Service Default Changes on February 8
In Office 365 notification MC228482 posted on December 3, Microsoft gives early warning of a change in the default tenant configuration for Teams. Up to now, the “service default” for guest access to Teams is Off, meaning that Teams doesn’t allow guest access unless an administrator updates the value to On. From February 8, 2021, the service default changes to On. In effect, Microsoft will then assume that tenants want to allow guest access to Teams.
Tenant control over guest access is set through the Org-wide settings section of the Teams admin center. Here you can define if guest access is allowed or not. As you can see in Figure 1, the option is set to On in my tenant.
The change in service default won’t affect tenants who have already opted to allow guest access to Teams, which is probably most of the tenants which now support over 115 million daily Teams users. It also won’t affect organizations which choose to disable guest access for Teams. However, organizations that have not yet started to use Teams should review if they wish to use guest access and if not, set the option to Off.
Teams depends on the Azure B2B Collaboration integration for Microsoft 365 Groups. Turning guest access on for Teams as the default doesn’t remove the need to enable the guest settings for Microsoft 365 Groups in the Org settings section of the Microsoft 365 admin center.
Limiting Guest Access at a Granular Level
Before disabling guest access, remember that other controls exist to limit guest access on a more granular level.
First, you can use sensitivity labels to control guest access for individual teams. If the container setting for the sensitivity label assigned to a team blocks guest access, team owners won’t be able to add new guests. However, existing guests in the team membership are not removed and tenant administrators can always add guests to team membership if necessary. The script described in this post creates a report of guests belonging to Microsoft 365 groups assigned a specific sensitivity label.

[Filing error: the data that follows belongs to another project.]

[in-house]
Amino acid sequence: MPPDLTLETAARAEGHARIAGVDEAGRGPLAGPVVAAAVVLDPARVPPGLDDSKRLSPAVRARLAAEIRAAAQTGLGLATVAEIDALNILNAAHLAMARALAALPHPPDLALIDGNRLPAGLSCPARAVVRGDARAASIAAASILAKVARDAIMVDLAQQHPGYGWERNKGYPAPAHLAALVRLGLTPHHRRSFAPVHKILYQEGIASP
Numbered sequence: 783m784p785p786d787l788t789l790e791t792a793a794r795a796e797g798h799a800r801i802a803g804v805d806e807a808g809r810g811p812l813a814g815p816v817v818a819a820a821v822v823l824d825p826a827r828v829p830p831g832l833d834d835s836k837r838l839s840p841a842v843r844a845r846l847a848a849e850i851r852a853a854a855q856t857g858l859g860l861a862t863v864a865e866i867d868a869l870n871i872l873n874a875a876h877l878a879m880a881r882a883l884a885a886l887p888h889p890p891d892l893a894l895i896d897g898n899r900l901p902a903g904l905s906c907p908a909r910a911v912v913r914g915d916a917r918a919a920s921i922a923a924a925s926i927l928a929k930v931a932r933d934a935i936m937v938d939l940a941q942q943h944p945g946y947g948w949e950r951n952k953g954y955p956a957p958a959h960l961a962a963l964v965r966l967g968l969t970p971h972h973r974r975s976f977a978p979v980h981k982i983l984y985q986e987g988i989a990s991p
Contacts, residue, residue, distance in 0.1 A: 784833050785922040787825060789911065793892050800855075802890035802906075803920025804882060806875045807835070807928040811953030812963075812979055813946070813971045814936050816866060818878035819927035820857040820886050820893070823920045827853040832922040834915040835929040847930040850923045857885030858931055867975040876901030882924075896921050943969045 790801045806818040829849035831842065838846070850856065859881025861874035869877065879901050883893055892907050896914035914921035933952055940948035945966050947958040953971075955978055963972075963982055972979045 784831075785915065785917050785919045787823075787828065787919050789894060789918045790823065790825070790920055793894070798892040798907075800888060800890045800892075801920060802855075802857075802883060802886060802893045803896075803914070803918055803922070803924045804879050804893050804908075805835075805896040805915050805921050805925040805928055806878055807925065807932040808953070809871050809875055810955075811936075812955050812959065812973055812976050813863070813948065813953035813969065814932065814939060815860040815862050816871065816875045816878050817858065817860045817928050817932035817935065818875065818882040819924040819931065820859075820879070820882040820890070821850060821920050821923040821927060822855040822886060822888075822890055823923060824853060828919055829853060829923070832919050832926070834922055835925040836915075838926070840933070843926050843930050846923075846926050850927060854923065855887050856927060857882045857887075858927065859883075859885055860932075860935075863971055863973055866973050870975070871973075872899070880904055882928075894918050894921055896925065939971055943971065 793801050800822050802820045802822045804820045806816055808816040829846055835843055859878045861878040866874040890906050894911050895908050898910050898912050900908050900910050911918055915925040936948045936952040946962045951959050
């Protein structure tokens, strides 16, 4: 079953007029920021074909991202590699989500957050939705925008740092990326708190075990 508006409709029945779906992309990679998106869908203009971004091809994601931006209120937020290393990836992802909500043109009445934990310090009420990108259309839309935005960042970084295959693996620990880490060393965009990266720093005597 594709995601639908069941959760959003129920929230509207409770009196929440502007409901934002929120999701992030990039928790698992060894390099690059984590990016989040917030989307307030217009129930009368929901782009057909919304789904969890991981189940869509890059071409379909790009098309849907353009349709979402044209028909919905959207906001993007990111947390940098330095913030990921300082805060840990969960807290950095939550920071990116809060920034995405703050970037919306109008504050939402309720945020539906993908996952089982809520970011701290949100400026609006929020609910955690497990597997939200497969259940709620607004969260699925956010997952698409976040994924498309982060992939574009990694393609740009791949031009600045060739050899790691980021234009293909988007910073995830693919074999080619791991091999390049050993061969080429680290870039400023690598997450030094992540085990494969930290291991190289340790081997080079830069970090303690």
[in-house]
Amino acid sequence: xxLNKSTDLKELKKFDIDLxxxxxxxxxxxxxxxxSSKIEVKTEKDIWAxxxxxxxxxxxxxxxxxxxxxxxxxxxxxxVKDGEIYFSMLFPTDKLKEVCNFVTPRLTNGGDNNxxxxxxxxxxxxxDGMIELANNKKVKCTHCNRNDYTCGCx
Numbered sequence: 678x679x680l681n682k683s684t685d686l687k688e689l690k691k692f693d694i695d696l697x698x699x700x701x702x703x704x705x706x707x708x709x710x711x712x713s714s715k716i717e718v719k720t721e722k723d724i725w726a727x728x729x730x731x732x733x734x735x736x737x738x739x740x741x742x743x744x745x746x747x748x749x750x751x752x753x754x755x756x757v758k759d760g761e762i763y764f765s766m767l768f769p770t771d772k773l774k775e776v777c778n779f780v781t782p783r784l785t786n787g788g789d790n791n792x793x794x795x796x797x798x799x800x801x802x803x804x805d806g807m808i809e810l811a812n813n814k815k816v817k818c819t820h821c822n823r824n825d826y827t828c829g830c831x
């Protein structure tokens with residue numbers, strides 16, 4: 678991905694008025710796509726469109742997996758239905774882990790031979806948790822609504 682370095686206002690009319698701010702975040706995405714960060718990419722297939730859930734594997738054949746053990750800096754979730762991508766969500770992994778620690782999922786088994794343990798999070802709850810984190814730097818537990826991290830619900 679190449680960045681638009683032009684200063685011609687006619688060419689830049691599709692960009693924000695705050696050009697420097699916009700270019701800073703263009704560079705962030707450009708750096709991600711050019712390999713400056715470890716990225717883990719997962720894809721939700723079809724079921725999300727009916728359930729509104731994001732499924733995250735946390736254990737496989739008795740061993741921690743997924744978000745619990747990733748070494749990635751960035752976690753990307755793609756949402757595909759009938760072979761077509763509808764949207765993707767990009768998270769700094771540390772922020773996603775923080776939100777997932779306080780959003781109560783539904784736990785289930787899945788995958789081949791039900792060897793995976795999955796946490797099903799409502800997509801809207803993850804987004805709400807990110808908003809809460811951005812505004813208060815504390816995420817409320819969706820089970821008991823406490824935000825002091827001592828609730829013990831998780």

Second, you can block guest access from specific domains using an Azure B2B collaboration policy. For instance, you could include the domains for competitor companies in a blocklist to prevent team owners adding people from those domains as guests. Again, existing guests are not affected.
Tracking Down Unwanted Guests
If you need to scan the entire tenant for the presence of unwanted guest accounts, you can use the PowerShell script described in this post to create a report of guests in a tenant and the Microsoft 365 groups they belong to. The script can be adjusted to report guests based on the number of days since their account was created, so you can focus on all guests or guests created since a specific point in time.
Some guest accounts might have been created for a long-gone purpose. It’s a good idea to review guest accounts from time to time to figure out if any are no longer required and can be removed. This script helps by creating a report of guest user activity.
Teams Owners Can Restrict Guests Too
Within a team, you can restrict guest access by creating a private channel and limiting its membership to tenant accounts. This is a good way to create a barrier within a team for information which should remain confidential. If you want to be even more secure, apply a sensitivity label with encryption to any documents stored in the private channel and make sure that the label settings restrict access to tenant accounts.
The ins and outs of Azure B2B collaboration and guest account access to resources is explained in depth in the Office 365 for IT Pros eBook. Subscribe today to keep abreast of changes as they appear inside Microsoft 365.